The San Jose Sharks officially put a wrap on Raffi Torres’ 2014-15 campaign Thursday, announcing the veteran forward underwent a second ACL surgery yesterday, one that rules him out for the remainder of this season.
More, from CSN Bay Area:
Torres, who had a problematic right ACL removed in the offseason, had the ligament replaced from a cadaver. It’s essentially the same surgery he had on Sep. 26, 2013, after which he suffered numerous infections.
The delay for Torres’ most recent surgery was to ensure that no further infections occur, according to [Sharks GM Doug] Wilson.
Torres, 33, has only appeared in five regular-season and seven playoff games since suffering the initial ACL tear during an exhibition game against Anaheim in 2013, and hasn’t appeared in any contests this year.
Per Wilson, the gritty winger should be ready to return for next season’s training camp, at which time Torres will be in the last of a three-year, $6 million with a $2M average annual cap hit.
Raffi Torres hasn’t played a game this season for the San Jose Sharks. But he appears to be working towards a comeback, having skated on Wednesday, according to a report in the San Jose Mercury News.
“We’re not counting him out,” head coach Todd McLellan told the San Jose Mercury News.
“If anybody can fight back it’d be Raffi. . . . I met with him today and he had a smile on his face, which was really good to see. He’s going to do everything in his power to come back and help the team, but he does have a long way to go.”
The 33-year-old Torres, a hard-hitting and gritty winger throughout his career, last played in the 2014 Stanley Cup playoffs, on April 30, against the L.A. Kings.
In late November, it was reported he had hoped to soon start skating, after choosing in October to not undergo a second ACL surgery.
Here’s the latest on injured San Jose forward Raffi Torres, who’s yet to play this year due to complications from a knee injury.
From CSN Bay Area:
Torres has been around since last Monday, and hopes to begin skating in the next week or so, after multiple infections in his surgically repaired right knee resulted in a complete removal of his anterior cruciate ligament (ACL).
“People have helped me along the way and I’m hoping that I can get back and start helping this team out the way I know I can,” Torres said. “At the end of the day, I haven’t played in a couple years, but I feel good. Mentally, I feel refreshed.”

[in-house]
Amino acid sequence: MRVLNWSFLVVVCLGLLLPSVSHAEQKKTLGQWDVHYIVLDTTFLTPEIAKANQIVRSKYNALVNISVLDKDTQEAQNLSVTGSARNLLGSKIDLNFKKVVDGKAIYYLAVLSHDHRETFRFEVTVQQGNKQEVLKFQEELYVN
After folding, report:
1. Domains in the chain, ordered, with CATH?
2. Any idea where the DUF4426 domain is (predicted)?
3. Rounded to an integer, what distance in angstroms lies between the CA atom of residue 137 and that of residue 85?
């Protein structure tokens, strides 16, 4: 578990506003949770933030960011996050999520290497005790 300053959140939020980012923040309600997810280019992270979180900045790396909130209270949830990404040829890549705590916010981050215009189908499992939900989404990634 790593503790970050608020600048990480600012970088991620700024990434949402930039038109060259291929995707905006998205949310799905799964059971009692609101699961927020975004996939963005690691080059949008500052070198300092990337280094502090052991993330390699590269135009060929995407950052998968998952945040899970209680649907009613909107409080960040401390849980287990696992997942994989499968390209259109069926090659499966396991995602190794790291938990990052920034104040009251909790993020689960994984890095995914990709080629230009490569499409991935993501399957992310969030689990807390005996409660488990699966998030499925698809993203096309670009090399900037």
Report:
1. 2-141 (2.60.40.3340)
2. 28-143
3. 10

“Coming back here puts that fire back in my body.”
Tuesday was the first time Torres spoke publicly since returning to the Bay Area in the hopes of resuming skating. He was only able to play a handful of regular season games last year and limped his way through San Jose’s opening-round playoff collapse to Los Angeles; Torres then spent the last few months rehabbing, trying to strengthen the muscles around the ACL-less knee while visiting doctors to ensure the infections had cleared completely.
Now, the next step — getting back on the ice.
Neither Torres nor the Sharks are putting any timetable on a return, and the 33-year-old acknowledges his knee might not respond the way he wants. That said, Torres isn’t looking too far down the road, opting to employ the “one day at a time” approach.
“I’m just trying to be hopeful that when I start skating it’s not affecting me,” he explained. “If I can play at the level I need to play at, I’ll keep going. If not, we’ll have to sit down again and reassess the situation.”
The ACL damage that’ll keep Raffi Torres out of the Sharks lineup for the first half of this season still hasn’t been surgically repaired, GM Doug Wilson told CSN Bay Area.
Torres, who suffered multiple infections in his repaired knee after the 2014 playoffs, is expected to have surgery later this month.
The forward played in just five regular season games in 2013-14 after hurting the knee last September in a preseason game, and although he appeared in all seven playoff games against Los Angeles, Torres said he was “skating around pretty much on one leg.”
The 32-year-old has a history of problems with his right knee, dating back to the original ACL tear during the 2007-08 campaign (with Edmonton) which cost him the final 49 games of the season. As such, one has to wonder how long he’ll be shelved this time around — Torres had surgery late in September last season and didn’t make his debut until after the Olympic break.
After playing in five games, he was shut down again and didn’t play until the postseason.